~ Release group by Justice


MusicBrainz uses U+271D (latin cross) for the album name, not U+2020 (dagger) as many other sites. See edit #9714449 for an explanation.

Annotation last modified on 2012-04-15 13:11 UTC.


Release Format Tracks Date Country Label Catalog# Barcode
CD 13 Ed Banger Records WPCR-12645 4943674072279
CD 12 Because Music BEC5772108 5060107721081
CD 12 Ed Banger Records, Because Music 3124712, BEC 5772109 5060107721098
CD 12 Because Music BEC5772230 5060107722309
CD 12 Because Music 2 298624 825646298624
Digital Media 13 [none]
2×12" Vinyl 6 + 6 Because Music BEC5772110 5060107721104
CD 12 VICE Records (Brooklyn, NY-based record label of VICE Media) 224892-2 825646298624
CD 12 Ed Banger Records 2564 62986 2 825646298624
CD 12 Warner Music Australia (AU subsidiary of Warner Music International since 1988) 2564629862 9325583043598
2×CD 13 + 6 Ed Banger Records WPCR-12831/2 4943674077717


associated singles/EPs: D.A.N.C.E
Phantom II
Waters of Nazareth
part of: Shortlist Music Prize Nominees (number: 2007)
Discogs: https://www.discogs.com/master/35065 [info]
Wikidata: Q340079 [info]
Wikipedia: en: Cross (Justice album) [info]
fr: † (album) [info]
other databases: https://rateyourmusic.com/release/album/justice_f1/†/ [info]
reviews: http://www.bbc.co.uk/music/reviews/d6hj [info]

CritiqueBrainz Reviews

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Justice are Gaspard Auge and Xavier de Rosnay, two young Parisian producers who carved out their own space on the crowded dancefloor a couple of years back with their remix of Simian's ''Never Be Alone''. Standing out amongst the faceless ranks for bedroom dance producers is not an easy task, yet Justice made it appear so. Their debut single proper, the mighty ''Waters Of Nazareth'', was the sort of pummelling document that suggested this band had arrived fully formed, with their huge-sounding, muscular beats, rough electronics and bass turned up to the point of distortion.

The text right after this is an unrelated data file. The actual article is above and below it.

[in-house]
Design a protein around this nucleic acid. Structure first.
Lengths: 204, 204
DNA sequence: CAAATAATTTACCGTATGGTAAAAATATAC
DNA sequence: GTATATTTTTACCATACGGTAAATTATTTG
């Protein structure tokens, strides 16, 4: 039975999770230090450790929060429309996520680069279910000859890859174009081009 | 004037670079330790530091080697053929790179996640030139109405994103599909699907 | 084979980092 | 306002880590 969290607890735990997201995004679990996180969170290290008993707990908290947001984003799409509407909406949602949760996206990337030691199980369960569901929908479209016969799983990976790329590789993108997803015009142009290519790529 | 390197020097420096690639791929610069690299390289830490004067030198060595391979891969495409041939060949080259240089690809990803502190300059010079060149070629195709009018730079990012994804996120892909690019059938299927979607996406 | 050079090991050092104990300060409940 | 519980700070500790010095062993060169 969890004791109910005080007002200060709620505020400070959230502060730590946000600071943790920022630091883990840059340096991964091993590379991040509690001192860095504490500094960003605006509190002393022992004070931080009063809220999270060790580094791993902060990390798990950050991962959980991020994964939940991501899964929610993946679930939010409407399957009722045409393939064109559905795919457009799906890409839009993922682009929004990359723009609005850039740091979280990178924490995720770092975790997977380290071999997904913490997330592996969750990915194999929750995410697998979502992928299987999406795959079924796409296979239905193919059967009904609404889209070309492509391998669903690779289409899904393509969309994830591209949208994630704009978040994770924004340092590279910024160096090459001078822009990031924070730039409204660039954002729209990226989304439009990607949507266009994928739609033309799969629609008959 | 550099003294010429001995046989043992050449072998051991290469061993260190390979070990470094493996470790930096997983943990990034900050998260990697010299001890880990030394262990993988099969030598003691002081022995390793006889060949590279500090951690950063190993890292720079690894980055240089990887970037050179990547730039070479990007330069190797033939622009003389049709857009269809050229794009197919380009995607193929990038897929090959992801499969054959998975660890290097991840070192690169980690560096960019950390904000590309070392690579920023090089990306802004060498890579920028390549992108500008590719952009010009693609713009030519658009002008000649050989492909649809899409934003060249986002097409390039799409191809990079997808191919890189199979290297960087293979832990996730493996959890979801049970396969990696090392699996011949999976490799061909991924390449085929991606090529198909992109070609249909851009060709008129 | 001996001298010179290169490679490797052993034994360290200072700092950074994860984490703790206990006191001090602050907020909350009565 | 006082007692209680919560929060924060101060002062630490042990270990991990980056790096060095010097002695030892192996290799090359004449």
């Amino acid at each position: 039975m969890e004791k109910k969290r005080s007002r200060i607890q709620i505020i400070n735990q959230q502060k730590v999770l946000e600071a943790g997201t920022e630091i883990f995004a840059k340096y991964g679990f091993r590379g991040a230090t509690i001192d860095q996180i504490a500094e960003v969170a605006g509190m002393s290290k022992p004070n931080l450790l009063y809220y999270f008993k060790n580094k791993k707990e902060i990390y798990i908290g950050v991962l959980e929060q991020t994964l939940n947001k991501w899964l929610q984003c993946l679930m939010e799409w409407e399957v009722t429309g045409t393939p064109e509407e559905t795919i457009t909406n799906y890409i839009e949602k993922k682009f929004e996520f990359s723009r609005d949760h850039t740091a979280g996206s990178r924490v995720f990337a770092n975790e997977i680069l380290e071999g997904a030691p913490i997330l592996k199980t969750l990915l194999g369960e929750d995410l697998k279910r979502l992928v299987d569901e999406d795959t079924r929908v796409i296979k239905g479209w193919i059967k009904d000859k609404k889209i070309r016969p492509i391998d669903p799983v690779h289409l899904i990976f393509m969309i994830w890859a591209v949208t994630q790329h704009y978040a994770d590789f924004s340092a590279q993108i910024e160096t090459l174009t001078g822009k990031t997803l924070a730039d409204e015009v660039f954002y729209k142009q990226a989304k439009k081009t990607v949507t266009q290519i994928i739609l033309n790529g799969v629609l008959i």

Actually, Justice's debut album suggests this Gallic twosome throw their net somewhat wider. Yes, the opening ''Genesis'' is a massive, sludgy techno throb that feels not so much expertly crafted as messily stapled together out of twitching blocks of sound. But almost from the get-go, it's like Justice are eager to branch out their signature sound into new territories. ''Let There Be Light'' seems to take its sad melody from an aged busker's melancholy accordion lament. ''D.A.N.C.E'' hitches powerful beats to a funky chassis that suggests intimate knowledge of New York disco legends Chic – and tops it off with a Jackson 5-style chorus supplied by a crowd of English school children. And on ''The Party'', Justice's Ed Banger labelmate, 20-year old Miami rapper Uffie turns up to front a perky pop number that privileges sunny good vibes over head-stoving beats.

Importantly, though, while there's much here to suggest Justice are more than one-trick ponies, there's also enough muscle to prove the pair haven't forgotten what made them big in the clubs. Consequently, perhaps the most impressive track here is ''Stress''. A brutally heavy, super-dense concoction of air-raid sirens and whirling violins, it sounds like nothing less than the bathroom scene from Psycho set to beats. People have been calling Justice 'the new Daft Punk', but that's only half the story. This big, bold record is the sound of leaders – not followers.